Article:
A detached Norwegian log house in a quiet rural setting sleeping 10, situated 3 miles north of Fort William and within easy reach of The Nevis Range
Selected Hotels across Lochaber - ideally situated for your walking and wildlife holiday
The Stronlossit Inn is in the centre of Roy Bridge and as well as offering comfortable accommodation, offers a wide range of real cask ales sourced from across Scotland. Well known locally and regionally for its range of cask beers, three of which are on tap daily, The Stronlossit Inn is listed in The Good Pub Guide and is approved by Cask Marque and CAMRA. There are aso some great walks locally through the woodlands on the banks of The River Spean and The Stronlossit Inn is also well...
Several paths in The An Torr Woodland will be closed from 5th October 2015 whilst forestry work takes place. Please see the information link below.
A lovely short walk through coniferous plantation to Signal Rock; reputed to be a gathering place for the MacDonalds of Glencoe at times of trouble and the place where, according to legend, the signal was given by the Campbells for the Glencoe Massacre; although no evidence exists for the latter. There is an information board at the car park detailing the paths in the woodlands of Ann Torr and providing some information on the woodland biodiversity and management. An Torr is managed by the National Trust for Scotland.
There is also an interpretation board by the Signal Rock stating that the walker is on Tom a’ Ghrianain (The ‘Hill of the Sun’), which is surmounted by Signal Rock. The board describes the various uses made of Signal Rock including an assembly point for the McDonalds of Glencoe in times of emergency. It is also thought to be used as a beacon point, and according to legend was used by the Campbells to signal the start of the infamous Glencoe Massacre on 13th February 1692. However, there is little evidence for its role in the massacre. The hill is associated with pre Christian rituals. Formerly, the signal rock may have been visible from all sides in the Glen, but now it is obscured from view by trees.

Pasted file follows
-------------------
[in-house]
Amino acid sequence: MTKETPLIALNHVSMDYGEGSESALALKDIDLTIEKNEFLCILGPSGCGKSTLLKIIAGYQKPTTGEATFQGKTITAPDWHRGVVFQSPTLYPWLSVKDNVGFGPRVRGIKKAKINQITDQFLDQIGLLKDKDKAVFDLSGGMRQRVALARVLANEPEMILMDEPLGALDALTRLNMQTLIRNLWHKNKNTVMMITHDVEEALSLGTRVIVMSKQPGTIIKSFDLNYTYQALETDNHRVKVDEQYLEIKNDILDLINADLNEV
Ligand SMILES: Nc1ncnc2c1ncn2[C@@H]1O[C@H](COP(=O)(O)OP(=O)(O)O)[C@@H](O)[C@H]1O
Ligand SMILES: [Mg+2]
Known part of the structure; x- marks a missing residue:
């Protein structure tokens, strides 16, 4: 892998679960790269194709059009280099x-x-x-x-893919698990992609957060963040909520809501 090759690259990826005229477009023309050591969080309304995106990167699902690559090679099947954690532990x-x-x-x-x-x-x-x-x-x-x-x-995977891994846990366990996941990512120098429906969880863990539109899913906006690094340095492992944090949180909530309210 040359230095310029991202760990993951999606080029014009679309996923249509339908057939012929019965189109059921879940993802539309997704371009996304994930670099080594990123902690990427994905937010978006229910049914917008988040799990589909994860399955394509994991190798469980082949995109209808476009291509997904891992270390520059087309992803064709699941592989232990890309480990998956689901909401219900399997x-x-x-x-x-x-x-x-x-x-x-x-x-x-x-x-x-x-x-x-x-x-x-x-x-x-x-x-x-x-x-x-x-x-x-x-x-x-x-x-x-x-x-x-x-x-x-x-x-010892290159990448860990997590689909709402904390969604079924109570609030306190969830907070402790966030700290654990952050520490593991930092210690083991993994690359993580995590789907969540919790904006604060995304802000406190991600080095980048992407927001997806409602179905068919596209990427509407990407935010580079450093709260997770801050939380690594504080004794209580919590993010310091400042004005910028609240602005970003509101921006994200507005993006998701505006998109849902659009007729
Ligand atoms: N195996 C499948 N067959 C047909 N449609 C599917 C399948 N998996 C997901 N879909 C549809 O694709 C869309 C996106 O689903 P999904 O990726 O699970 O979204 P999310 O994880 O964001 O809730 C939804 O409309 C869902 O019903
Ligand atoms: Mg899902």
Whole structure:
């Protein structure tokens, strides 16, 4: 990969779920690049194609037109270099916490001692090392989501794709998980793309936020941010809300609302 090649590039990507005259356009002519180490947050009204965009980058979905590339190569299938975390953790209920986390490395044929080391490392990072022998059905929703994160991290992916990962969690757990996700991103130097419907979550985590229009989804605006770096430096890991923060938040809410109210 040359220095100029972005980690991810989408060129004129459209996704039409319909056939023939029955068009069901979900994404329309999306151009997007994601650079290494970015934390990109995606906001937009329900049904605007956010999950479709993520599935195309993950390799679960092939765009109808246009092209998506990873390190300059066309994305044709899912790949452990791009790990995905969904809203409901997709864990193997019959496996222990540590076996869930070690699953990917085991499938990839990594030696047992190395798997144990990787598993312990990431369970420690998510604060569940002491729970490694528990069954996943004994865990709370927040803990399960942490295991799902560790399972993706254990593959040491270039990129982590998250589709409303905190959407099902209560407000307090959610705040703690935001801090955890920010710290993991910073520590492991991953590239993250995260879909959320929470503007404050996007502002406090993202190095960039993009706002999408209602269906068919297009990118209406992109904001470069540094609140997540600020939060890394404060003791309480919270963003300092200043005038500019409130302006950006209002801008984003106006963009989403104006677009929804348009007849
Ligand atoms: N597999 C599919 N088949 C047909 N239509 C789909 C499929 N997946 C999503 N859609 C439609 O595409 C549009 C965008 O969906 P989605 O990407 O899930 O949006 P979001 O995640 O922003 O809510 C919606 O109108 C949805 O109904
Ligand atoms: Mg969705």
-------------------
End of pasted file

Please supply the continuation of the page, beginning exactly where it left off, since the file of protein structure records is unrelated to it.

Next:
There are some lovely hill views on route including views to Sgorr nam Fiannaidh, Meall Mor and Bidean nam Bian.
The walk passes through some lovely sections of coniferous plantation (mainly spruce) with scattered alder, beech, sycamore, Scots pine and larch, with a ground flora of violets, sorrel, St John’s wort, bugle, tormentil, heather, bell heather, heath speedwell, great woodrush purple moor grass, hard fern and shield ferns.
There is also a small section of deciduous woodland with hazel, hawthorn and rowan by Signal Rock, with a ground flora of yellow pimpernel, primrose, bluebell, wood sage creeping buttercup and devil’s bit scabious.
The final section along the River Coe is also lovely, lined with alder, birch, willow, ash, oak, holly and hazel.
Look out for roe deer, bank vole, shrew, red squirrel, pine marten, as well as the avian conifer specialists such as goldcrest, coal tit and siskin. Scan the ridgeline and mountain tops for golden eagle.